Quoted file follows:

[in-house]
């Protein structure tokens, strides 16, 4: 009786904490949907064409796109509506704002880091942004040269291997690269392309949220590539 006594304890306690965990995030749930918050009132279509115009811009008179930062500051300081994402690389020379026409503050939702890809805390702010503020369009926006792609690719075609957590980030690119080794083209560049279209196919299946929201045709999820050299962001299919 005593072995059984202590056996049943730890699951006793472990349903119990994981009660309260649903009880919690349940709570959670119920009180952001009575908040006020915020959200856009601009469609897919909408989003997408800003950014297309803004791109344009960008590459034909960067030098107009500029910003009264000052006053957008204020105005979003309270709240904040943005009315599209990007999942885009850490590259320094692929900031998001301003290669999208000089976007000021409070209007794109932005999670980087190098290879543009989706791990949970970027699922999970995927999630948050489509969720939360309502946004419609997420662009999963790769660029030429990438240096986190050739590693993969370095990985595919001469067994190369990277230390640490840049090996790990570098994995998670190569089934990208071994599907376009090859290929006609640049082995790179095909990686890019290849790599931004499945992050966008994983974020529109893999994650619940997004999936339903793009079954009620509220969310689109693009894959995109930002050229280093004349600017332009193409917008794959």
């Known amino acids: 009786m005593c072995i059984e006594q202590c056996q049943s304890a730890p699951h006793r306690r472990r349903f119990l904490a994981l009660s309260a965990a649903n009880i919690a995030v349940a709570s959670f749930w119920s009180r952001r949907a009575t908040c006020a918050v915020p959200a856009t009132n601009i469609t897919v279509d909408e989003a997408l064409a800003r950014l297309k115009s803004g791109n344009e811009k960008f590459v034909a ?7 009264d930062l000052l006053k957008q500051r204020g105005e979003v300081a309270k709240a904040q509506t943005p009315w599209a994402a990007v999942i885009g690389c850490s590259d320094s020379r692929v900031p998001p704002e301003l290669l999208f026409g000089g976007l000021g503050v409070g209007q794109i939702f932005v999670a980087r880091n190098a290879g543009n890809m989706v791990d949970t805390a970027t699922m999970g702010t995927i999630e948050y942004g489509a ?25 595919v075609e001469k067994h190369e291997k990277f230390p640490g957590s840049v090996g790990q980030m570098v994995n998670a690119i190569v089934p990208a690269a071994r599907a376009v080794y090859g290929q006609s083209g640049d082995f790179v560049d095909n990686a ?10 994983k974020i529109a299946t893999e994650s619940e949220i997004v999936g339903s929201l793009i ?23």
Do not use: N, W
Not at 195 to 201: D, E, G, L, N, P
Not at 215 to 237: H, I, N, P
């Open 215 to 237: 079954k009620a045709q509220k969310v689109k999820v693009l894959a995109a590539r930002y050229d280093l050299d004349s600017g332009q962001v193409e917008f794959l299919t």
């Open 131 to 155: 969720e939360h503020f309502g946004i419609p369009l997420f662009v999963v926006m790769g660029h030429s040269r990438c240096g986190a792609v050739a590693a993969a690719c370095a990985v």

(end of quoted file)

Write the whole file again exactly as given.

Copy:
[in-house]
């Protein structure tokens, strides 16, 4: 009786904490949907064409796109509506704002880091942004040269291997690269392309949220590539 006594304890306690965990995030749930918050009132279509115009811009008179930062500051300081994402690389020379026409503050939702890809805390702010503020369009926006792609690719075609957590980030690119080794083209560049279209196919299946929201045709999820050299962001299919 005593072995059984202590056996049943730890699951006793472990349903119990994981009660309260649903009880919690349940709570959670119920009180952001009575908040006020915020959200856009601009469609897919909408989003997408800003950014297309803004791109344009960008590459034909960067030098107009500029910003009264000052006053957008204020105005979003309270709240904040943005009315599209990007999942885009850490590259320094692929900031998001301003290669999208000089976007000021409070209007794109932005999670980087190098290879543009989706791990949970970027699922999970995927999630948050489509969720939360309502946004419609997420662009999963790769660029030429990438240096986190050739590693993969370095990985595919001469067994190369990277230390640490840049090996790990570098994995998670190569089934990208071994599907376009090859290929006609640049082995790179095909990686890019290849790599931004499945992050966008994983974020529109893999994650619940997004999936339903793009079954009620509220969310689109693009894959995109930002050229280093004349600017332009193409917008794959």
């Known amino acids: 009786m005593c072995i059984e006594q202590c056996q049943s304890a730890p699951h006793r306690r472990r349903f119990l904490a994981l009660s309260a965990a649903n009880i919690a995030v349940a709570s959670f749930w119920s009180r952001r949907a009575t908040c006020a918050v915020p959200a856009t009132n601009i469609t897919v279509d909408e989003a997408l064409a800003r950014l297309k115009s803004g791109n344009e811009k960008f590459v034909a ?7 009264d930062l000052l006053k957008q500051r204020g105005e979003v300081a309270k709240a904040q509506t943005p009315w599209a994402a990007v999942i885009g690389c850490s590259d320094s020379r692929v900031p998001p704002e301003l290669l999208f026409g000089g976007l000021g503050v409070g209007q794109i939702f932005v999670a980087r880091n190098a290879g543009n890809m989706v791990d949970t805390a970027t699922m999970g702010t995927i999630e948050y942004g489509a ?25 595919v075609e001469k067994h190369e291997k990277f230390p640490g957590s840049v090996g790990q980030m570098v994995n998670a690119i190569v089934p990208a690269a071994r599907a376009v080794y090859g290929q006609s083209g640049d082995f790179v560049d095909n990686a ?10 994983k974020i529109a299946t893999e994650s619940e949220i997004v999936g339903s929201l793009i ?23």
Do not use: N, W
Not at 195 to 201: D, E, G, L, N, P
Not at 215 to 237: H, I, N, P
């Open 215 to 237: 079954k009620a045709q509220k969310v689109k999820v693009l894959a995109a590539r930002y050229d280093l050299d004349s600017g332009q962001v193409e917008f794959l299919t």
């Open 131 to 155: 969720e939360h503020f309502g946004i419609p369009l997420f662009v999963v926006m790769g660029h030429s040269r990438c240096g986190a792609v050739a590693a993969a690719c370095a990985v």